Iron (Fe) is essential for numerous biological oxidation–reduction reactions in plants. Despite its abundance in soils, Fe is present in the insoluble Fe(III) form under the oxidative soil environment and is not readily available to plants. The low solubility and availability of Fe in the soil solution often induces Fe deficiency in plants, especially in high-pH soils. Therefore, Fe deficiency is one of the biggest problems in crop production, reducing yields and quality. Higher plants have evolved two strategies to take up Fe from soils (Römheld and Marschner 1986). With the exception of graminaceous plants, higher plants reduce Fe3+ ions in soils using the ferric reductase FRO, and take up Fe2+ ions via the Fe2+ transporter IRT. Graminaceous plants absorb Fe3+ directly using the natural Fe3+ chelators named mugineic acid family phytosiderophores (MAs). MAs are biosynthesized in roots and secreted into the rhizosphere via a specific exporter of MAs (TOM1), and then the complex of Fe3+–MAs is taken up by an Fe3+–MAs transporter (YS1) on the surface of the root (Curie et al. 2001; Nozoye et al. 2011). TOM1, which encodes a major facilitator superfamily protein, was identified as a highly Fe deficiency-inducible gene in rice. Both TOM1 and its barley homolog, HvTOM1, cause the efflux of 2′-deoxymugineic acid (DMA), the primary molecule of the MAs (Nozoye et al. 2011). One of 18 members of YS1-like proteins in rice, OsYSL15, is involved in taking up Fe3+–DMA complexes from the rhizosphere, especially under Fe-deficient conditions (Inoue et al. 2009). The amount of MAs synthesized under Fe-sufficient conditions changes to meet plants’ growth requirements for Fe (Nomoto et al. 1987). Under Fe-deficient conditions, the amount of synthesized MAs increases dramatically. The synthesis of MAs is regulated at the transcriptional levels of the many types of genes that are related to the supply of the precursor of MAs and the actual synthesis of MAs (Higuchi et al. 19992001; Takahashi et al. 1999; Negishi et al. 2002; Inoue et al. 20032008; Kobayashi et al. 2005; Bashir et al. 2006). The methionine (Met) cycle, through which Met is supplied efficiently for ethylene production (Miyazaki and Yang 1987), also works for the production of MAs in graminaceous plants (Kobayashi et al. 2005; Suzuki et al. 2006). Promoter-GUS analyses revealed that in rice roots, the expression of MAs synthesis genes is increased by Fe deficiency in almost all tissues, whereas under Fe-sufficient conditions, their expression occurs mostly in vascular bundles (Inoue et al. 20032008; Bashir et al. 2006). Rice is also adapted to submerged paddy fields by taking up Fe2+ ions in the same manner as dicots and non-graminaceous monocots, in addition to the utilization of the Fe3+–MAs mechanism (Ishimaru et al. 2006). The expression of the rice Fe2+ transporter genes OsIRT1, OsIRT2, and OsNRAMP1 is induced under Fe-deficient conditions (Ishimaru et al. 2006; Takahashi et al. 2011a, b). In addition to MAs and their precursor nicotianamine (NA), citrate and phenolics, which can act as metal chelators, have been confirmed to be important for Fe homeostasis in rice (Yokosho et al. 2009; Ishimaru et al. 2011).
The transcriptional responses to Fe deficiency, including MAs synthesis and Fe uptake, are regulated by some specific cis elements, such as the Fe deficiency-responsive cis-acting elements (IDE) 1 and 2 (Kobayashi et al. 20032005). IDEF1 and IDEF2, which specifically bind to IDE1 and IDE2, respectively, were identified as key transcription activators in response to Fe deficiency in rice (Kobayashi et al. 20032007; Ogo et al. 2008). IDEF1 is a B3 region-containing protein, and IDEF2 is a NAC-domain protein. Both IDEF1 and IDEF2 themselves show no response to Fe deficiency at the transcriptional level (Kobayashi et al. 2007; Ogo et al. 2008). An Fe deficiency-inducible gene encoding a basic helix-loop-helix (bHLH) transcription factor, OsIRO2, is under the control of IDEF1 and regulates the expression of genes such as the NA synthase genes OsNAS1 and OsNAS2, OsYSL15, and TOM1 (Ogo et al. 200620072011; Kobayashi et al. 2007). Overexpression of OsIRO2 by the cauliflower mosaic virus 35S promoter results in increased OsIRO2 protein levels and high secretion of DMA from roots (Ogo et al. 2007). OsIRO2-overexpressing plants tolerated Fe deficiency in calcareous soils and grain yields were greater than for non-transformants, but no differences were observed between OsIRO2-overexpressing plants and non-transformants grown in normal soils (Ogo et al. 2011). Analysis of the OsIRO2-overexpressing plants indicated that transcriptional co-activators need to be activated by Fe deficiency to induce the expression of genes downstream of OsIRO2 (Ogo et al. 20072011). In contrast to OsIRO2, the regulation of MAs biosynthetic genes by IDEF1 is specifically restricted to early Fe deficiency than in the subsequent progressed state (Kobayashi et al. 2009). IDEF1 has characteristic histidine–asparagine repeat and proline-rich regions that are known for binding divalent metals including Fe2+. Through these metal-binding domains, the cellular metal ion balance caused by changes in Fe availability would be sensed by IDEF1 and switches the pattern of IDEF1 regulation from the early Fe-deficiency state to the progressed state (Kobayashi et al. 20092011).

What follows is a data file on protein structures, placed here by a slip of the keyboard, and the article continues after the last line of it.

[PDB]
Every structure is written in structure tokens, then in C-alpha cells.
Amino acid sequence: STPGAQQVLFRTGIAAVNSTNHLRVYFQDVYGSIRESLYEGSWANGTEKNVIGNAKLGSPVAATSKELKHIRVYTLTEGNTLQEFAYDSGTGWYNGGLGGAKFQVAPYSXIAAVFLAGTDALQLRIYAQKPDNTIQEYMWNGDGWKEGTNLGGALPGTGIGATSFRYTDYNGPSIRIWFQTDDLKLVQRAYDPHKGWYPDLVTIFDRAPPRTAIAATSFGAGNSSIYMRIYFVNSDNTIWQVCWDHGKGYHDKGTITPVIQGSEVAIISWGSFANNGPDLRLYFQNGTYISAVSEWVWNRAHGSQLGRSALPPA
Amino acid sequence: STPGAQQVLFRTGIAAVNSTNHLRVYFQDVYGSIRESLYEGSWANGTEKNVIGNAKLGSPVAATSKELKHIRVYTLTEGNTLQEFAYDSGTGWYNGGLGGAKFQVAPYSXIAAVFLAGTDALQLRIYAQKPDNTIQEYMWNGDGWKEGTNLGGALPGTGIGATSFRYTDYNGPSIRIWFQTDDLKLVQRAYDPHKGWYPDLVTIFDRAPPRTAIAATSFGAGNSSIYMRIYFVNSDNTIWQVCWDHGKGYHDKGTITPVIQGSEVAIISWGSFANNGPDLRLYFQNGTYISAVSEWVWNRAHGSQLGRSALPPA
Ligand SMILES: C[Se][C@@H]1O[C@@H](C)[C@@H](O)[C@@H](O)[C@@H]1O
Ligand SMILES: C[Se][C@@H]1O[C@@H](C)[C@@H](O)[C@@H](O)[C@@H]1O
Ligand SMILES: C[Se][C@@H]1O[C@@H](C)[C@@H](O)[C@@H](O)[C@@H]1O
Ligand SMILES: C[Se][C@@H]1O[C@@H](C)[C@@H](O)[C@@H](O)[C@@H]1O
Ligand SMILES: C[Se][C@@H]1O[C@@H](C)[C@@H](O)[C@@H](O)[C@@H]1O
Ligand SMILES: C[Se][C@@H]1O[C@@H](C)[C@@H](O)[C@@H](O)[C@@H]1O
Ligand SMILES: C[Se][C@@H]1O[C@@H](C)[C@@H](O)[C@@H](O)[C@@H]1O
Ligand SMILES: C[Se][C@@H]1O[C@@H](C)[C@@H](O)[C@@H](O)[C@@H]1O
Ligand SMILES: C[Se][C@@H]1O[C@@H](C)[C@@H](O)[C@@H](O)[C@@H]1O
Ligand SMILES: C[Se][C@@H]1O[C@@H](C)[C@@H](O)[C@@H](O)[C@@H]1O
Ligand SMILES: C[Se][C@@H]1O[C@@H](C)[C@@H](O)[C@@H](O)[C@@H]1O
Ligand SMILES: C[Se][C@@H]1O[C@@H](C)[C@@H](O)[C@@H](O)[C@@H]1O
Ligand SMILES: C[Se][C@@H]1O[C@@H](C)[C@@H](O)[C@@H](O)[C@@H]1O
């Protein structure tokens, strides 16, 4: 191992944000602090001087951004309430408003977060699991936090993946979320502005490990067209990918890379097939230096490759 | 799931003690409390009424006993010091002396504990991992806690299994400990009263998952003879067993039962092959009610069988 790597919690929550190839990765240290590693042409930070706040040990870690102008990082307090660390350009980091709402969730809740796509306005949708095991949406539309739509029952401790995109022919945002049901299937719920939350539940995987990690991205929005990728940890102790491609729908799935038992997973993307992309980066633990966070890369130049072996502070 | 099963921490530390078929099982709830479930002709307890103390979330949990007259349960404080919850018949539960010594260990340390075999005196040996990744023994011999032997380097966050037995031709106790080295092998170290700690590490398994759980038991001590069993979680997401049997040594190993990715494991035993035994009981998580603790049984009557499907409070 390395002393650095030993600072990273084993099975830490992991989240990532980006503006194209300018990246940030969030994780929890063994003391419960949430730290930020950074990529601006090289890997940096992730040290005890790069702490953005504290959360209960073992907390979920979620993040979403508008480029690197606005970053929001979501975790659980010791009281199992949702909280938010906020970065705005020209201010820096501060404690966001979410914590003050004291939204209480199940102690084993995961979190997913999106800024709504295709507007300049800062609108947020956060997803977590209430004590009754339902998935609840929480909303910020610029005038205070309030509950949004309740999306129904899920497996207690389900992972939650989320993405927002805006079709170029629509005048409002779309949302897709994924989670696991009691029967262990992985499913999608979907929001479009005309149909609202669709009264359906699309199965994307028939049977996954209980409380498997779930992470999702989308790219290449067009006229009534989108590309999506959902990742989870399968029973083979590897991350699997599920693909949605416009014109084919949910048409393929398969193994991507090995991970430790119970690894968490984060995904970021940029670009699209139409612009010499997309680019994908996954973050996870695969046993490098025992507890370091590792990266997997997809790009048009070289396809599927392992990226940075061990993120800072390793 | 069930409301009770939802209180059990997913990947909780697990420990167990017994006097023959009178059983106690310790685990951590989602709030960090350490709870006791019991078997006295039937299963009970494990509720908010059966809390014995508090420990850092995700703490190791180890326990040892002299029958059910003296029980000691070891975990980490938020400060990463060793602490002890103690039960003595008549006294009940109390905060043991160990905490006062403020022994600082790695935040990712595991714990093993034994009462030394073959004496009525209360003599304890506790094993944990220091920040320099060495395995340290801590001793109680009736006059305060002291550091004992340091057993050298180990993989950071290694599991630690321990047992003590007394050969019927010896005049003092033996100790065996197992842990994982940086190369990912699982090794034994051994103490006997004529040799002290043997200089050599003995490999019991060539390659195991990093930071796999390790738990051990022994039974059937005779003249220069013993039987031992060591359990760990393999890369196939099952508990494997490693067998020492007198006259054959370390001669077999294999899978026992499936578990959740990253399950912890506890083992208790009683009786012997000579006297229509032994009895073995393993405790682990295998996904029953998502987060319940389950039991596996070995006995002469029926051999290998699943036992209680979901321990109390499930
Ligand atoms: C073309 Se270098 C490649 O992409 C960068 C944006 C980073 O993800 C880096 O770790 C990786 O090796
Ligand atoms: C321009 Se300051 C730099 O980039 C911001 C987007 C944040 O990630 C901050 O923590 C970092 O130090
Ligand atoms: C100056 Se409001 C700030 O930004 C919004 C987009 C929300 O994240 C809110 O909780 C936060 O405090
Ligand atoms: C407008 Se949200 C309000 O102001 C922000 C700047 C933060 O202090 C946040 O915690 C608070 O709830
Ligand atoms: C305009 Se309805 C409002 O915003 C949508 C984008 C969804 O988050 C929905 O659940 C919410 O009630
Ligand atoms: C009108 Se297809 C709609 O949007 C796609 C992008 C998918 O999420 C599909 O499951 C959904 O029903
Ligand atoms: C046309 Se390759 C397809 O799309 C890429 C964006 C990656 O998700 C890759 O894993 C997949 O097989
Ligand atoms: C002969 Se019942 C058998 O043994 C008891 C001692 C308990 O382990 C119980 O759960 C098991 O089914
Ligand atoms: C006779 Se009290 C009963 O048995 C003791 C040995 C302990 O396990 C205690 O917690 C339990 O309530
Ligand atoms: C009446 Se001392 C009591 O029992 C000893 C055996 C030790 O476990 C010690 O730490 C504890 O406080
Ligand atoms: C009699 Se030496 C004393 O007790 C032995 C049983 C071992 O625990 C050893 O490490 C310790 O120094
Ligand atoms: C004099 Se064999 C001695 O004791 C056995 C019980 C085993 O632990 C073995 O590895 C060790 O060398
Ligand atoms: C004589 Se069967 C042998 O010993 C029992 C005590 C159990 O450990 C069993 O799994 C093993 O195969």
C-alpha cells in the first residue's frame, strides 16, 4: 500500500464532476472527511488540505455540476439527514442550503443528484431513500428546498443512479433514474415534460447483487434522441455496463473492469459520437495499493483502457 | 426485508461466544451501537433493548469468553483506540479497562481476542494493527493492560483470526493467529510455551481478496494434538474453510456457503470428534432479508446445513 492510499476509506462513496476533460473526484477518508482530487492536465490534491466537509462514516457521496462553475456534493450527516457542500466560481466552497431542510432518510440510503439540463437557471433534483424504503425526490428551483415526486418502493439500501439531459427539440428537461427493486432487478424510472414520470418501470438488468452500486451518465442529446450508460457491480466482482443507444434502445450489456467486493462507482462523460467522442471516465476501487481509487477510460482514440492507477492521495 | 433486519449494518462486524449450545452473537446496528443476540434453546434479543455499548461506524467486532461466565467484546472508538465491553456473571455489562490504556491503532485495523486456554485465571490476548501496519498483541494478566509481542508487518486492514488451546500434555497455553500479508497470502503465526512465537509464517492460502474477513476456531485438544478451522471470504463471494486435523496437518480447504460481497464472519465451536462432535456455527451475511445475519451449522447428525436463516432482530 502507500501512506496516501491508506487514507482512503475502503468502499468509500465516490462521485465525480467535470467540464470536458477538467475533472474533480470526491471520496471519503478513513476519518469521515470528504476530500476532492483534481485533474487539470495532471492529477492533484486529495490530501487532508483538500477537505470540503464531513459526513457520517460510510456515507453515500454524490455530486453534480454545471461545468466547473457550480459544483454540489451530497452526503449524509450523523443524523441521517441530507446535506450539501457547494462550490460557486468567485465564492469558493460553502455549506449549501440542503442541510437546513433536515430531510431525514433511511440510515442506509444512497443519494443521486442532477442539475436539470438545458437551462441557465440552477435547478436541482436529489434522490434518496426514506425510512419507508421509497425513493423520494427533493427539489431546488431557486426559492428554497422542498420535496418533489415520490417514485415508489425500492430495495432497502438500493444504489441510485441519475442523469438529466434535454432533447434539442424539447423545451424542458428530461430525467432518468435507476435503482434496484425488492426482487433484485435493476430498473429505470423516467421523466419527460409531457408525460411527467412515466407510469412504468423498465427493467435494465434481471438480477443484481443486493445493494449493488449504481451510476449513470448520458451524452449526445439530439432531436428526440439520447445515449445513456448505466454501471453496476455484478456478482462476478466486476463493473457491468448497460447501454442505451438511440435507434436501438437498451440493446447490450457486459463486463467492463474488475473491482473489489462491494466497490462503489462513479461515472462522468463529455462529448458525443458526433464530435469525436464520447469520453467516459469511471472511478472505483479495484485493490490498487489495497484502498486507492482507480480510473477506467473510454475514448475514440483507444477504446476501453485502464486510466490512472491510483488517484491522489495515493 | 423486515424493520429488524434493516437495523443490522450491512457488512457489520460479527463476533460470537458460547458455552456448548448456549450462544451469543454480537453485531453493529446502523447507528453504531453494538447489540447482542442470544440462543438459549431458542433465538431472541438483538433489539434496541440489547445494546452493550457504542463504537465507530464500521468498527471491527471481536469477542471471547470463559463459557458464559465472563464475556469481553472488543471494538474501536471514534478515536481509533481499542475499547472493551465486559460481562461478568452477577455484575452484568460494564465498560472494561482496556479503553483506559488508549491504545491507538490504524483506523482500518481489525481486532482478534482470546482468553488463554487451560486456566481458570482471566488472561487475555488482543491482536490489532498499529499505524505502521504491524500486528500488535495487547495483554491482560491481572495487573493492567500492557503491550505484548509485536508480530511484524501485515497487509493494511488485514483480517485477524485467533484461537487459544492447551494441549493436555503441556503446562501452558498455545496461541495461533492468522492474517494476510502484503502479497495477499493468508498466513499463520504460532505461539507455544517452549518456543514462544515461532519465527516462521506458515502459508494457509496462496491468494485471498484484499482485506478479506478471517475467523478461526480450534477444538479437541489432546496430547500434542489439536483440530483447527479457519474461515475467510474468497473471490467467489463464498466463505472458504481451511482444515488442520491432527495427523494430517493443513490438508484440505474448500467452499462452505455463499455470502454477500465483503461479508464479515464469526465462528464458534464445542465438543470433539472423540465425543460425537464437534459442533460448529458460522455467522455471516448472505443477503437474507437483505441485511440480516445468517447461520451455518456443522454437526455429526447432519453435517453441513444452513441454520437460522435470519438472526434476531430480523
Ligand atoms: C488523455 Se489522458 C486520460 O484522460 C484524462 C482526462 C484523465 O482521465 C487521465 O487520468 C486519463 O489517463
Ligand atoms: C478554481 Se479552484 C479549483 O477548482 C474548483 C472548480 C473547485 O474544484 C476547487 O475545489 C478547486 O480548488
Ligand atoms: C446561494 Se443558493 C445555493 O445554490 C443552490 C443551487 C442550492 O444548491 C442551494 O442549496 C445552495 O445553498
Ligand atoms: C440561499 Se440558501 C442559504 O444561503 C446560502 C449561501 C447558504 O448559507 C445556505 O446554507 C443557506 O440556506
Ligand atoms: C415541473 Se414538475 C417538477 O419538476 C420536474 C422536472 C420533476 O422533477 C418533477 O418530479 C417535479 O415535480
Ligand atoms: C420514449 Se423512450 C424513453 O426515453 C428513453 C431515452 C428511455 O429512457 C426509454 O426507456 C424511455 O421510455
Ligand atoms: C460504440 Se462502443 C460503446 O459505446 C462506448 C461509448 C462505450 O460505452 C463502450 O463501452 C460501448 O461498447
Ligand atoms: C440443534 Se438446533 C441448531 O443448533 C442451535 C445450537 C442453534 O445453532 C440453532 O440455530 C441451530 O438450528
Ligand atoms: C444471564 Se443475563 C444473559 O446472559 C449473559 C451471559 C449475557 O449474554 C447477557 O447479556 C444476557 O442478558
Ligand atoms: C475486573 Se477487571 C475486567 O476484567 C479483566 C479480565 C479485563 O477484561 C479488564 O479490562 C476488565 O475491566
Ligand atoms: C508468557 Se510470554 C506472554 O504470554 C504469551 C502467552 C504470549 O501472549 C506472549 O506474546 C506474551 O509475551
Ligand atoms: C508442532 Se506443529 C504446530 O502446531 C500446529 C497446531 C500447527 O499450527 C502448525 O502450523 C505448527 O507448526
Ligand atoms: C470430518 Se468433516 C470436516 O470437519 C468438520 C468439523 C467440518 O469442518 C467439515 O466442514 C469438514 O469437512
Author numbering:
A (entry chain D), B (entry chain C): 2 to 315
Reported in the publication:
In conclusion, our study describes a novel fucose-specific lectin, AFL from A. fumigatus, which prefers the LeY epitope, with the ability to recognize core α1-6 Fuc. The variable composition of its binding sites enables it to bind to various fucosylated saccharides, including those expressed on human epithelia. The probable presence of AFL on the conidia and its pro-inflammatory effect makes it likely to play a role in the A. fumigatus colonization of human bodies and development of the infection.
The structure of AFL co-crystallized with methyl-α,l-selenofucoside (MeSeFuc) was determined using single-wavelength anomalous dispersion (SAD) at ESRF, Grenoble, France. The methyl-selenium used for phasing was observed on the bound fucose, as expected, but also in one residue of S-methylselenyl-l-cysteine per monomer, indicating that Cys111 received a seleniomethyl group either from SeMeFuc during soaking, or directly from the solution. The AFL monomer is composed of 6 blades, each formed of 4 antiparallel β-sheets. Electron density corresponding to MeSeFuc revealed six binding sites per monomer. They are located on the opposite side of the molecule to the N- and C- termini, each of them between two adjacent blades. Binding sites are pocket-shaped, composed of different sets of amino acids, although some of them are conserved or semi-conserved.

The root is the organ where Fe uptake from the soils occurs, and it consumes Fe itself as well as sending Fe to the shoot. Most previous studies on Fe deficiency-induced genes have focused on the progressed Fe deficiency stage rather than on the onset of Fe deficiency. The primal responses to the onset of Fe deficiency at the transcriptional level are still unclear, not only in rice but also in other graminaceous plants. In this report, we carried out a 36-h time-course analysis of rice roots in the early stage of Fe deficiency using a 44 K microarray. We previously reported a time-course analysis of a 1-day span using a rice 22 K microarray, in which we discovered OsIRO2 (Ogo et al. 2006). The expression changes observed in the previous work were more dynamic in shoots than in roots. For analysis of the expression changes in roots, a much shorter time span seemed to be suitable. Therefore, a time-course analysis was performed in a 3-h span within 3–12 h after the onset of Fe-deficiency treatment, and in a 12-h span within 12–36 h after the onset of Fe-deficiency treatment. We report the synchronous expression of the MA biosynthetic genes, TOM1, OsYSL15, and OsIRO2, and the unique expression patterns of OsIDS1 and OsIRT1.